Wetlands promote greater biodiversity, and increase species richness, which increases the resilience of ecosystems (Harrington & McInnes, 2009). In addition to the species that thrive within the wetland itself, constructed wetlands improve the habitat and population of macroinvertebrates near intensively agricultural ecosystems (Becerra-Jurado et al., 2012). Also, in a study constructed wetlands were home to 31 species of breeding bird populations, including 9 threatened species. In Swedens, 80 percent of the wetlands studied provided habitat to at least one of the six notable amphibian species, some of which were removed from the red list or moved to a lower threat category (Strand & Weisner, 2013).

Social Benefits

As referenced in the table above wetlands can provide numerous social benefits. Several peer reviewed journals find key social benefits including: Spiritual, recreational, aesthetic, educational, cultural. (Harrington, R. & McInnes, R.,2009; Ma, S. & Swinton, S. M., 2011 ). Further, studies in the Mississippi Alluvial Valley considered multiple social and ecological services together. These included waterfowl habitat and other wildlife habitat services, along with flood attenuation, water storage, and sediment and contaminant retention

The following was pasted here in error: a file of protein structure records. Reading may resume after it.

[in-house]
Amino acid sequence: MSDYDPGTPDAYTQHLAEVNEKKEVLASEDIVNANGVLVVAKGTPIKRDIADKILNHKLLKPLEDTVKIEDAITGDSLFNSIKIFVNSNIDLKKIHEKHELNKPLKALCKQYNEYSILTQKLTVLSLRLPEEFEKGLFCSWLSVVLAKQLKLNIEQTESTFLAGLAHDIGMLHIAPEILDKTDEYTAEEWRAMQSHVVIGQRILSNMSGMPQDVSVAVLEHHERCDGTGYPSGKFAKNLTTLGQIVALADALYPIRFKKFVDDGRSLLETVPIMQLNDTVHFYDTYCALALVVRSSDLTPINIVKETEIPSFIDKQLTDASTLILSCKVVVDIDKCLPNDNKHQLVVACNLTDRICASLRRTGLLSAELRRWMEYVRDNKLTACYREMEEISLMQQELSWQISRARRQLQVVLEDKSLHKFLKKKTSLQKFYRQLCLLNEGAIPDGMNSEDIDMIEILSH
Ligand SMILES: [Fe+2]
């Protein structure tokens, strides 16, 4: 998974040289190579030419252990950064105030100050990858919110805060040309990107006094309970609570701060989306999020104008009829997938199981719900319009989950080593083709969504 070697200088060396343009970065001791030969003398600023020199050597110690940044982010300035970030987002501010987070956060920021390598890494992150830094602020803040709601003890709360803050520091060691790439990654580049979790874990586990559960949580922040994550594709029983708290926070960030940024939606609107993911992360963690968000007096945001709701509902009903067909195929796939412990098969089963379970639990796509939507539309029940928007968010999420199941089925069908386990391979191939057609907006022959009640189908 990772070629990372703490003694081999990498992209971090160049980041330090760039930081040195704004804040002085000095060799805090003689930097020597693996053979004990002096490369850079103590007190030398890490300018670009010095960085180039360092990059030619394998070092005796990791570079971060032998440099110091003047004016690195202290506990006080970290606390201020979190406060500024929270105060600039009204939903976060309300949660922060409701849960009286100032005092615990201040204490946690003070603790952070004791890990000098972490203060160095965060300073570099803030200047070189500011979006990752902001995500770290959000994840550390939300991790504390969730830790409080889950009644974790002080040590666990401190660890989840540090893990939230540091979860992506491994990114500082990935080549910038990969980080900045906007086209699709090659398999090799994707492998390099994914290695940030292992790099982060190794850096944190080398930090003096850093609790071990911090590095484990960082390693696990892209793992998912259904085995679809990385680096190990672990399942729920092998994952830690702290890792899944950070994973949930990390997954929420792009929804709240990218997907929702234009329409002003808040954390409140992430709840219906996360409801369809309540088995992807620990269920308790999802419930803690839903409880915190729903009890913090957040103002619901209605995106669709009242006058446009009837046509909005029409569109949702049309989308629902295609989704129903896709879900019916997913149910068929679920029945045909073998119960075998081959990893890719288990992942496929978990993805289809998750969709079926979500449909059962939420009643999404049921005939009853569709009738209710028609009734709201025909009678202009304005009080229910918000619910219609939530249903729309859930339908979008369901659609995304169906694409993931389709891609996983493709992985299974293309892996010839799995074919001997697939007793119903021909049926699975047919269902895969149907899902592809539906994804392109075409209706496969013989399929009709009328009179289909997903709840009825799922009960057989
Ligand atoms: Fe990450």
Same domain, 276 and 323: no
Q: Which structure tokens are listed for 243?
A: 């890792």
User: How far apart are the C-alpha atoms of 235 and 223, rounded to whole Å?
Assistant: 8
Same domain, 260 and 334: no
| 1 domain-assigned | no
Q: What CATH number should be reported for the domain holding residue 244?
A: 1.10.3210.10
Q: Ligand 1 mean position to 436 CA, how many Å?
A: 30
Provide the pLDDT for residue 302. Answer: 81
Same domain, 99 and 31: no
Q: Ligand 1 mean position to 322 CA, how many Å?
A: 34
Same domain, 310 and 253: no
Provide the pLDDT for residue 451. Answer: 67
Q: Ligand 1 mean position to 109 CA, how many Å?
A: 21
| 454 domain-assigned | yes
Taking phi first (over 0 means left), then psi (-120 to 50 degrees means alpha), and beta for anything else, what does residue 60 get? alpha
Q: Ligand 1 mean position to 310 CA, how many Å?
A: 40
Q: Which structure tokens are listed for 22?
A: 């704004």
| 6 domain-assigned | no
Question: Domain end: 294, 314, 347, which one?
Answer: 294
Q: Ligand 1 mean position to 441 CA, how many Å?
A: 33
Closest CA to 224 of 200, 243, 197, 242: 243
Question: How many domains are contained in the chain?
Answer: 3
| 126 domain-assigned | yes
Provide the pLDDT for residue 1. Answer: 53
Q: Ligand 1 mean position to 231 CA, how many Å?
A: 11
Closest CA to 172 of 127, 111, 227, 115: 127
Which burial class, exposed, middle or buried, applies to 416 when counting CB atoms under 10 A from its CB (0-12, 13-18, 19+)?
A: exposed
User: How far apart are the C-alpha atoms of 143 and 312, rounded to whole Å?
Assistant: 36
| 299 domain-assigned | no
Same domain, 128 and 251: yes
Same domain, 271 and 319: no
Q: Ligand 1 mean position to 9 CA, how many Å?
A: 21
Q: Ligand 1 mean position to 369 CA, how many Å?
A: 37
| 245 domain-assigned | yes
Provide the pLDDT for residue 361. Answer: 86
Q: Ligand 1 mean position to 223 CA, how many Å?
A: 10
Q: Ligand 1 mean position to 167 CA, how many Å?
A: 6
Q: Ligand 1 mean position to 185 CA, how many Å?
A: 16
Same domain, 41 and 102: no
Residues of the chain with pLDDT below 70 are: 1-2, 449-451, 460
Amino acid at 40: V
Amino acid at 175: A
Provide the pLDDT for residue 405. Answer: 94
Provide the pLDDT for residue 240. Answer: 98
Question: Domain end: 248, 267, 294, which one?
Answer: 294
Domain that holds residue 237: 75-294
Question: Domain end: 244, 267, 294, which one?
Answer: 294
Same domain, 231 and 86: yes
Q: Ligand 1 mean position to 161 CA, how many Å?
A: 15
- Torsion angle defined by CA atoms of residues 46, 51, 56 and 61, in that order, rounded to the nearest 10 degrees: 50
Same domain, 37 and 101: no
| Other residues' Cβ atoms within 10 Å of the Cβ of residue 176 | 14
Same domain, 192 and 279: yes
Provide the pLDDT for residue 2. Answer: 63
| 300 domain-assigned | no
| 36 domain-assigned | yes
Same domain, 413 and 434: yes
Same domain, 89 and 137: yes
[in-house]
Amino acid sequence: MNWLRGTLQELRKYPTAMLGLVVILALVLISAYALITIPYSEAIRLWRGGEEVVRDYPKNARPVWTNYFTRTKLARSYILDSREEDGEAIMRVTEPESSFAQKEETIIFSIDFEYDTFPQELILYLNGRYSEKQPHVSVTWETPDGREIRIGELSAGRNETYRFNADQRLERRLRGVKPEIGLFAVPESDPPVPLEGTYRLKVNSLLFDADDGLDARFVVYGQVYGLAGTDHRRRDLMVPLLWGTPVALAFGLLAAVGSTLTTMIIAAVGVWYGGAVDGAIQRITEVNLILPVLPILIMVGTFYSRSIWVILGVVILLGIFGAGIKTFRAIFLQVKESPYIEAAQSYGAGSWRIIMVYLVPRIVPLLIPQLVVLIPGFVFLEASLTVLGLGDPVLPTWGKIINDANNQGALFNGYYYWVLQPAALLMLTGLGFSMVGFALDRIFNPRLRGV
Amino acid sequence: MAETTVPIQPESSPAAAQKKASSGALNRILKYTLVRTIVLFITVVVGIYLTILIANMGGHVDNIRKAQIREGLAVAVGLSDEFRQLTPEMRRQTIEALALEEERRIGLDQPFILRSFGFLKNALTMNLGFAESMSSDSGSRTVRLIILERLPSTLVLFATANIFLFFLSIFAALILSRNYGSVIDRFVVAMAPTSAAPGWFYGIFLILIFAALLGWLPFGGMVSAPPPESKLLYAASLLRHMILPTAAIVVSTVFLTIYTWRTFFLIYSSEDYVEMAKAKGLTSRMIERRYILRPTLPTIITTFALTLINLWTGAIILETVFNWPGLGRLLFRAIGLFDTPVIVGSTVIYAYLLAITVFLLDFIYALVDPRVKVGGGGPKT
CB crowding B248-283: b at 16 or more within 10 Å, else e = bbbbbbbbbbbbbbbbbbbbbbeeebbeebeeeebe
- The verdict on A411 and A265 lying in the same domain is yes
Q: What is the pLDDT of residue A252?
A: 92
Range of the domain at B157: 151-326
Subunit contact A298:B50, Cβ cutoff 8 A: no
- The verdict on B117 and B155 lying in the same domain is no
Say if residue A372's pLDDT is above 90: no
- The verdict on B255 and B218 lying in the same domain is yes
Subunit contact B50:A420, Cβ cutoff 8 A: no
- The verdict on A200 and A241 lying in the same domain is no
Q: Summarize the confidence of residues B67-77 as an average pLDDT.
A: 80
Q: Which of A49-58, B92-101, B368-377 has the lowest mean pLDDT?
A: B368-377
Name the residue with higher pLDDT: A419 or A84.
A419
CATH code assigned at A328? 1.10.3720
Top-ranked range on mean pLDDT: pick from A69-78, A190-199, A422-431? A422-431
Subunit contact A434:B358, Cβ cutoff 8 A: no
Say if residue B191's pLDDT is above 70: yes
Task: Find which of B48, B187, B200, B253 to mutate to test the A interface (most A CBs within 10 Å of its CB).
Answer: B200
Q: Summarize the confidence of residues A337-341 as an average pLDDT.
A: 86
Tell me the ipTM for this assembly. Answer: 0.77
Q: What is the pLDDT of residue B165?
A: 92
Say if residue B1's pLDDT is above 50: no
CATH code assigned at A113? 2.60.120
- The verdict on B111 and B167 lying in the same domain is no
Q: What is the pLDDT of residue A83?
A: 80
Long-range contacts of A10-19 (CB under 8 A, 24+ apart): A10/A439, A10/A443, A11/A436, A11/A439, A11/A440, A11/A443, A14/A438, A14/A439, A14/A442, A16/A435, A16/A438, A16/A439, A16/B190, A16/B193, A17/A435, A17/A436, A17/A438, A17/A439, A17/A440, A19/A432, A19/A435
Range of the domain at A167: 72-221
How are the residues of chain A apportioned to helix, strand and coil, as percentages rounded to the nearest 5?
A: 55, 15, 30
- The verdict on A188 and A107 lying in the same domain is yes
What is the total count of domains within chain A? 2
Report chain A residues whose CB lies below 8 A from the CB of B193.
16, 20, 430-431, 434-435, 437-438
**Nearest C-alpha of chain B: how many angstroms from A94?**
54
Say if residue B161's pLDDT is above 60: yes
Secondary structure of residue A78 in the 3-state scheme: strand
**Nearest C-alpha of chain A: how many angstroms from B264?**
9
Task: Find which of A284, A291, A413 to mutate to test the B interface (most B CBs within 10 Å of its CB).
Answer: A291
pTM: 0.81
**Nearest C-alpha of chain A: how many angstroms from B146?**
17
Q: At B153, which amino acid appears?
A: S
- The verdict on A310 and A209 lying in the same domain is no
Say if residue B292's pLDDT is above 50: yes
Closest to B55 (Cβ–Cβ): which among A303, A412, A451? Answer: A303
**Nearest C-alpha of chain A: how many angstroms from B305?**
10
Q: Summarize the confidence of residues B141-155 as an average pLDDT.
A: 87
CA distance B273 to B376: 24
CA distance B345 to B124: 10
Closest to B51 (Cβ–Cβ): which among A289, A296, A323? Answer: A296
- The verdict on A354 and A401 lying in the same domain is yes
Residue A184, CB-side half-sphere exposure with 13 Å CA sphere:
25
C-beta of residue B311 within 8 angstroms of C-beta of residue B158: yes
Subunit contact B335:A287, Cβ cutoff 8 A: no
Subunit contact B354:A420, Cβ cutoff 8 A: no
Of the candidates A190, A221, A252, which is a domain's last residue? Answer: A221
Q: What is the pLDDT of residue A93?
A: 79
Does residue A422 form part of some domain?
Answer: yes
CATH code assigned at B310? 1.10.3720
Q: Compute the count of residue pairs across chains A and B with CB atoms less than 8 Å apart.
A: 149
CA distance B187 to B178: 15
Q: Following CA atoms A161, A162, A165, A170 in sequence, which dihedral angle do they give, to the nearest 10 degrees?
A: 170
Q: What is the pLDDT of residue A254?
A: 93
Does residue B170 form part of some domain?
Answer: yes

Surface Water Quality

According to Braskerud, 2002a, through sedimentation retention and denitrification constructed wetlands are able to remove nitrogen from the surface water. However, several studies indicate that that these processes are less efficient at colder temperatures.

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                                                            (Image provided by NASA)

      In studies of Norway and Sweden, nitrogen removal rate was found to be between 3% and 15% (Braskerud, 2002a; Arheimer et al., 2004). Comparatively, research done by Beutel et al. in 2009 at constructed wetlands in the Yakima Basin found rates of 63% removal of nitrogen, and in the San Joaquin Valley Diaz et al., (2012) found removal rates ranging from 22% to an impressive 99%. While there is a noticeable positive relationship between temperature and nitrogen removal rates, other factors will affect the efficiency of nitrogen removal including wetland vegetation, design, and inflow concentration of nitrogen as differing concentrations in runoff alters the efficiency of nitrate removal.